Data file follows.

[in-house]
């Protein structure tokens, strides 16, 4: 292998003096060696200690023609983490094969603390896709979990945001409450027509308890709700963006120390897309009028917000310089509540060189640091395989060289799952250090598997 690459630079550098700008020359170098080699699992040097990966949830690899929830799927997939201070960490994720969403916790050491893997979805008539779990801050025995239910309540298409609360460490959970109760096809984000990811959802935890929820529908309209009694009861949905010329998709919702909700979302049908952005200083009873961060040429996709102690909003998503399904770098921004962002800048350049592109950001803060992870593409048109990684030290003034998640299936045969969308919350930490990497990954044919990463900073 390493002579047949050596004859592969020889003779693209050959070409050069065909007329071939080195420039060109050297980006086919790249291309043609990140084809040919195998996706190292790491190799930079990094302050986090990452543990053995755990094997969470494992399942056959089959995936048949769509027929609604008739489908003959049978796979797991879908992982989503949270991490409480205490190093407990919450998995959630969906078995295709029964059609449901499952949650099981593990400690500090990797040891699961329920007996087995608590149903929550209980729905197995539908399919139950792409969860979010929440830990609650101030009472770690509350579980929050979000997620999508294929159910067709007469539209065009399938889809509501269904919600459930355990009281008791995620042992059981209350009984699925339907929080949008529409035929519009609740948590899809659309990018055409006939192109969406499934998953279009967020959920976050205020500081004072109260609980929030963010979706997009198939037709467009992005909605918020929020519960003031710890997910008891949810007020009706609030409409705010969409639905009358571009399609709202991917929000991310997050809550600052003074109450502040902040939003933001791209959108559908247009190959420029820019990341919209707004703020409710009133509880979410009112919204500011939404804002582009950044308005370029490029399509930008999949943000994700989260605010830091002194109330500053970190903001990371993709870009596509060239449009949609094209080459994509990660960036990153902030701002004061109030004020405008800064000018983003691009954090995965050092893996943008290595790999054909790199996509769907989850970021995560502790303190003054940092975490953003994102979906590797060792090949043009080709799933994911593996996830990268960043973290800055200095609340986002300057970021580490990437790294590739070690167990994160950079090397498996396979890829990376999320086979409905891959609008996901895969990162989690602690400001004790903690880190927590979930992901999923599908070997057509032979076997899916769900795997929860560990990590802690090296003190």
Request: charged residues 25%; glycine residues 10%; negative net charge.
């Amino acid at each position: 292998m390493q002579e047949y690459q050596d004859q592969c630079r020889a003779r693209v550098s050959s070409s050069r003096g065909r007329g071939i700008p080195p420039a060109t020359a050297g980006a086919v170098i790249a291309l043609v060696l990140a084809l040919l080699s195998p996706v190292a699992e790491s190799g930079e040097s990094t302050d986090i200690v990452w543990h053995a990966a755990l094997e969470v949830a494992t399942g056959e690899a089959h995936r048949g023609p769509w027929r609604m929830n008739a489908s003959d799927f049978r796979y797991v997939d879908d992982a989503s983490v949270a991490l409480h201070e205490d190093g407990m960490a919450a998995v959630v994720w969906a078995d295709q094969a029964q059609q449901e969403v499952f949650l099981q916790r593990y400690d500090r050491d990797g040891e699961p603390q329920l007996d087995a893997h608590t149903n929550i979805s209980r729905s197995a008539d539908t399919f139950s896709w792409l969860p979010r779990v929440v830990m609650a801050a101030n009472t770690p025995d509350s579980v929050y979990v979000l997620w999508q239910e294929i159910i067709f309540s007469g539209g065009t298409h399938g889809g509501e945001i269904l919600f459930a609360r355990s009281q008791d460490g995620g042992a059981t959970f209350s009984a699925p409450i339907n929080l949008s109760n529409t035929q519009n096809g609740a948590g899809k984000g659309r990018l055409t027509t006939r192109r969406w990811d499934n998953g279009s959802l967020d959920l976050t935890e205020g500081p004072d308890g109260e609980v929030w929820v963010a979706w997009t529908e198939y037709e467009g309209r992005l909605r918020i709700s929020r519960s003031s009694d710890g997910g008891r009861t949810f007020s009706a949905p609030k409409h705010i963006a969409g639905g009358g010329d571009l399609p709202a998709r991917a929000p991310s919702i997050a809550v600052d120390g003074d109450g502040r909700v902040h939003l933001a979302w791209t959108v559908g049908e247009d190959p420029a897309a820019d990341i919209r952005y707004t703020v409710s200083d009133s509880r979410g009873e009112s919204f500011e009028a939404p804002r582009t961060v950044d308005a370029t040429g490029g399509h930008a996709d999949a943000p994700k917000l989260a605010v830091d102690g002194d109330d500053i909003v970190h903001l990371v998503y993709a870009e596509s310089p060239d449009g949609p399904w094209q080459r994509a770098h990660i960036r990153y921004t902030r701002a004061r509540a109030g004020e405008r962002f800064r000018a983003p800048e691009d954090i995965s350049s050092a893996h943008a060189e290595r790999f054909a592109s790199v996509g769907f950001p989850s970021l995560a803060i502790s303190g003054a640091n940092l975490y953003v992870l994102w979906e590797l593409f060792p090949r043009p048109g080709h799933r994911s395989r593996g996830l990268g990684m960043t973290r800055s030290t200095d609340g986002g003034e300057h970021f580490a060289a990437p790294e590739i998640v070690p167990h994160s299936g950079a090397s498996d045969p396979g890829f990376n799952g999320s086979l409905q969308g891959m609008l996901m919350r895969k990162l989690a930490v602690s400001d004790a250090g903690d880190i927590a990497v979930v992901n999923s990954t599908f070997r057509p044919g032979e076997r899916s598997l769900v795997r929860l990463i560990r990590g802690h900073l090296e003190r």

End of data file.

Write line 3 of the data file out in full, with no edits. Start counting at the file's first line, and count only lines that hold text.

Request: charged residues 25%; glycine residues 10%; negative net charge.